Grunitzky: Having been a first-generation founder starting when I was 23 years old, I know what it feels like to be a Black man looking for funding at some of America’s most storied financial institutions. I know how hard it is to be undercapitalized. But I was eventually able to secure funding from investors like Goldman Sachs, which funded my previous media company, TRACE, and Google, which funded my last media company, TRUE Africa.
I took those learnings and applied them to a new lens and methodology that I lean on as an investor. I look for fund managers who are resilient, nimble, and imaginative – folks who understand how specific industries are being disrupted by technology, how underserved communities are changing, and how American mindsets are shifting, mostly due to demographic changes and societal evolutions.
Right now, we are seeing a lot of promise in the approaches chosen by some African American fund managers we’ve backed. Black women, for instance, get only 0.01% of the capital that goes into venture capital each year. So it’s very important for us to be investing in the most talented Black women who understand where America is going. And because of our hybrid model, which allows us to invest in some of the most promising and mission-aligned companies of the VC funds we’ve backed, we are also able to make direct investments into some great startups.
We have backed financial technology startups like Esusu, which became a unicorn six months after we invested in their Series A, and Altro, which helps millennials build credit through the recurring payments and subscriptions they use every day. Both startups are growing fast, and I love that they were founded by Black founders in their 20s.
What’s been the most surprising aspect of the journey?
Parsons: The depth and strength of the management talent waiting to take advantage of newly available capital investment. The number of highly qualified minority and women venture fund managers, as well as the investment opportunities in underserved communities, is far greater than I imagined.
Why was it important to host your first annual Equity Alliance Summit for your fund managers in the format that you did – in upstate New York, in a more relaxed setting?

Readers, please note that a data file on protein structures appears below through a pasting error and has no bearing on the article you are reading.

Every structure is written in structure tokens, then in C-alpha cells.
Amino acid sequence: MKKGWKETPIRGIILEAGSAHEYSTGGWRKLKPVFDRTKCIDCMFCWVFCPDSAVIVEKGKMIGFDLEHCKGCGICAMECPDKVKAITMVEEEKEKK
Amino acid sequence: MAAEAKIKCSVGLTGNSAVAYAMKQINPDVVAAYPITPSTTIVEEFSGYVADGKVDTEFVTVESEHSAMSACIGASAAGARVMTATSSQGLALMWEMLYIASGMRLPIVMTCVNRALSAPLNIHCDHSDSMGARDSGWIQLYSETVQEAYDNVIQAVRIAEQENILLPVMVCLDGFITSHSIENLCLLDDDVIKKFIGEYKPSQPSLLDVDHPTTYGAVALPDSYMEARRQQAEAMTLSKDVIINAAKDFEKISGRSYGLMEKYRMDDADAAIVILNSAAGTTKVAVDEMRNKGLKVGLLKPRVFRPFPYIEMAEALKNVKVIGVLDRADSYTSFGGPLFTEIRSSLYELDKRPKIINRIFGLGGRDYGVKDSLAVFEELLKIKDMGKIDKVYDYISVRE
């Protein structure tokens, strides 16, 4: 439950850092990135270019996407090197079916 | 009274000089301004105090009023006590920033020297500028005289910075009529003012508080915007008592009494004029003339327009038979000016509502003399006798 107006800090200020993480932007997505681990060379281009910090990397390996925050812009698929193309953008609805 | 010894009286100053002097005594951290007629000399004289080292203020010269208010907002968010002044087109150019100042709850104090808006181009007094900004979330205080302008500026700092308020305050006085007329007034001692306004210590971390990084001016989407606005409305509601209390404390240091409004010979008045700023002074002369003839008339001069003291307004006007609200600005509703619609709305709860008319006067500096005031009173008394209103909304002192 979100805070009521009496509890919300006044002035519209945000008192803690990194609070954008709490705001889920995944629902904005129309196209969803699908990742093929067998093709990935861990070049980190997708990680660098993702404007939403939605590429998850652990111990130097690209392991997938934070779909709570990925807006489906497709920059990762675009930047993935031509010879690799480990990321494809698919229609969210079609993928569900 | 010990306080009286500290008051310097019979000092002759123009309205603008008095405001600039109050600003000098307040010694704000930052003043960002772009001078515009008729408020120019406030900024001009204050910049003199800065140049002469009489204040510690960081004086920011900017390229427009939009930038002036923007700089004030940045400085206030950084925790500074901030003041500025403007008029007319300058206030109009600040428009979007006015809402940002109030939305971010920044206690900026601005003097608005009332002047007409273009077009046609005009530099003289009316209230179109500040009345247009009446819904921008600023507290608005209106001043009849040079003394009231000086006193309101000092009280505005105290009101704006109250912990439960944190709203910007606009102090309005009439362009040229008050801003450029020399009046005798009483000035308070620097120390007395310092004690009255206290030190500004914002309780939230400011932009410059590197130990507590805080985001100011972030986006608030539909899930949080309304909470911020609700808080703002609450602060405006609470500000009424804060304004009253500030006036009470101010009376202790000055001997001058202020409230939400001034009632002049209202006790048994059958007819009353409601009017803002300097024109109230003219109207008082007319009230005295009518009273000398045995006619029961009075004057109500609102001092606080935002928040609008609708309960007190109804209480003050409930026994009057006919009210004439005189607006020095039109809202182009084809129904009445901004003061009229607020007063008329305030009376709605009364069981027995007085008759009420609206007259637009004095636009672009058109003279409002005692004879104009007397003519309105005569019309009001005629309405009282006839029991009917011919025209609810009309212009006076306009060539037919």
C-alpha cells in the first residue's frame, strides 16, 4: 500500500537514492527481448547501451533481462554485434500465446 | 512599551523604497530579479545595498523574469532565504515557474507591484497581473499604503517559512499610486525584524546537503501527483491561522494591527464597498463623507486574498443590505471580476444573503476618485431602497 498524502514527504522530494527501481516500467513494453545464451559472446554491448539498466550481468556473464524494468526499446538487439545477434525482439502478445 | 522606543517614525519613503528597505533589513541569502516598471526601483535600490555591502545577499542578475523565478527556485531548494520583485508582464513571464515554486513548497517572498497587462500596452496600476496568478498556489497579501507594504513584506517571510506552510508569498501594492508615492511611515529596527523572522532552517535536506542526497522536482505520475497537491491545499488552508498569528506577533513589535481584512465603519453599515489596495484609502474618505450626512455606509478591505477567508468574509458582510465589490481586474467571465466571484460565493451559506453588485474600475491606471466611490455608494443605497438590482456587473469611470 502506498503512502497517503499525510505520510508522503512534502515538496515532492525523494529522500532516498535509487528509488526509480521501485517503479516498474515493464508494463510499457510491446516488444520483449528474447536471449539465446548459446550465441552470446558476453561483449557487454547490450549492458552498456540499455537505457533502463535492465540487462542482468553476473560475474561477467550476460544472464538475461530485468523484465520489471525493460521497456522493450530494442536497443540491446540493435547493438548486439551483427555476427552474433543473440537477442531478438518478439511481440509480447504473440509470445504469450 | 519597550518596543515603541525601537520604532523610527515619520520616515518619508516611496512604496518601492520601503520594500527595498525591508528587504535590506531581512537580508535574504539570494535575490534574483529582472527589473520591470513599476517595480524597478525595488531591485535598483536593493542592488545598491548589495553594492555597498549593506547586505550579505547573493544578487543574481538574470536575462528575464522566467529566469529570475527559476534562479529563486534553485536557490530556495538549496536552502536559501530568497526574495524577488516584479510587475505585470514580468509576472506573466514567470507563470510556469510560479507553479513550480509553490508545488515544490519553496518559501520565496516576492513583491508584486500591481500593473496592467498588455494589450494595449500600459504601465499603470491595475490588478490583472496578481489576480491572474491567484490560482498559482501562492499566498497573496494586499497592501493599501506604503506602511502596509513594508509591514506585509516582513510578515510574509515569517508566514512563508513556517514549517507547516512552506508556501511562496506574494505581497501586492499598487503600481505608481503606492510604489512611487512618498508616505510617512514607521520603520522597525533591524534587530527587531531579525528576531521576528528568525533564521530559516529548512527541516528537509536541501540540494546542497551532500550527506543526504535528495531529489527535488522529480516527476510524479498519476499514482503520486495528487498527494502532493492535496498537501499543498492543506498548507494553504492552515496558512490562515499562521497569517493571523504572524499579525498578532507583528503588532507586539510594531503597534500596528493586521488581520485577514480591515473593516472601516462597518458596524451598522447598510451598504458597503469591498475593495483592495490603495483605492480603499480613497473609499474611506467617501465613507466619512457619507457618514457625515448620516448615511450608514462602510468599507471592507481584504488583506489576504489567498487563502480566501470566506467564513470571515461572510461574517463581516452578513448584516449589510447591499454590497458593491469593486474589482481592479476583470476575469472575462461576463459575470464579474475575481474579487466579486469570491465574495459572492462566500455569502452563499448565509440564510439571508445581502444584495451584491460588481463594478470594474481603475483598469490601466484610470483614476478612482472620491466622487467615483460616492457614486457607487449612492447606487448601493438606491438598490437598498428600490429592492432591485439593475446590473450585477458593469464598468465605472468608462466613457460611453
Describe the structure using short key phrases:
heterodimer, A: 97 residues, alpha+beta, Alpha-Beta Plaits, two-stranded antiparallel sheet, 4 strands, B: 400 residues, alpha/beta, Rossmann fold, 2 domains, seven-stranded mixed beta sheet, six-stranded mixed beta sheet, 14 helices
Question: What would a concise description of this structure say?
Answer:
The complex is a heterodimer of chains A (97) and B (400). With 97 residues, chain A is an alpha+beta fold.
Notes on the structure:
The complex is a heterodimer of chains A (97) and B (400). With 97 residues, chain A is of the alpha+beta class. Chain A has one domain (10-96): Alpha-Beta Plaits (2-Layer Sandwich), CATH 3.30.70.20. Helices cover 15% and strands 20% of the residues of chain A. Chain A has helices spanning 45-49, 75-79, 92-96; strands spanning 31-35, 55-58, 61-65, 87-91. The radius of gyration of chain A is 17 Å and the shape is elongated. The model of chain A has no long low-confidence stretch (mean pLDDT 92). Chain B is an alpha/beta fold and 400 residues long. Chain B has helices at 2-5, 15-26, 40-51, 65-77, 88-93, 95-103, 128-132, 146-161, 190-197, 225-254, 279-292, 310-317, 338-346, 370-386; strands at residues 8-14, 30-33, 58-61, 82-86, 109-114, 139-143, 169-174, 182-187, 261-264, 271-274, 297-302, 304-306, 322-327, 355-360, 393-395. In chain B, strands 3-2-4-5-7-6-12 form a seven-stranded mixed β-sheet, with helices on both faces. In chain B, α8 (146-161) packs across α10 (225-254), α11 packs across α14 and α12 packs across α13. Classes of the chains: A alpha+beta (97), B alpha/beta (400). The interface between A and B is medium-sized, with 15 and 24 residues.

Grunitzky: Most of the investments we made were based on decisions we came to after a series of Zoom conversations. Throughout the due diligence process, we got to know the people we backed, but it was all electronic communications, and we felt that we needed to get some real face time because we are all going to be in business with each other for a long time. So, for the inaugural edition of the Equity Alliance Summit, we invited all our investors, fund managers, founders, and allies to a retreat in the Hudson Valley. And the result was an incredibly dynamic bonding experience—in a safe, protected space where we could all share thoughts, feelings, dreams, [and] anxieties even, in a peaceful setting.
The post-summit feedback we received was tremendous:
“It was so encouraging to experience the full power and passion of the Equity Alliance community. I left with such renewed energy and excitement about our ability to create material change and improvement in the venture community.” —Jason Robart, Seae Ventures
“The community the Equity Alliance is building is really special. The simple truth is that diverse fund managers and founders that have a unique perspective, network, and community drive differentiated returns—both on the social and financial side of things.” —Dustin Shay, Director, Impact Labs
“The Equity Alliance has assembled an exceptional group of diverse fund managers. It was so meaningful to spend time with these folks and discuss their visions for a more inclusive future.” —Emily Libresco, Lerer Hippeau, a Limited Partner in the Equity Alliance
What’s next for Equity Alliance, and how can the BE community support it?
We would love for Black Enterprise readers to follow our journey, spread the word about what we are building, and consider investing in our next fund, launching in the first quarter of 2023!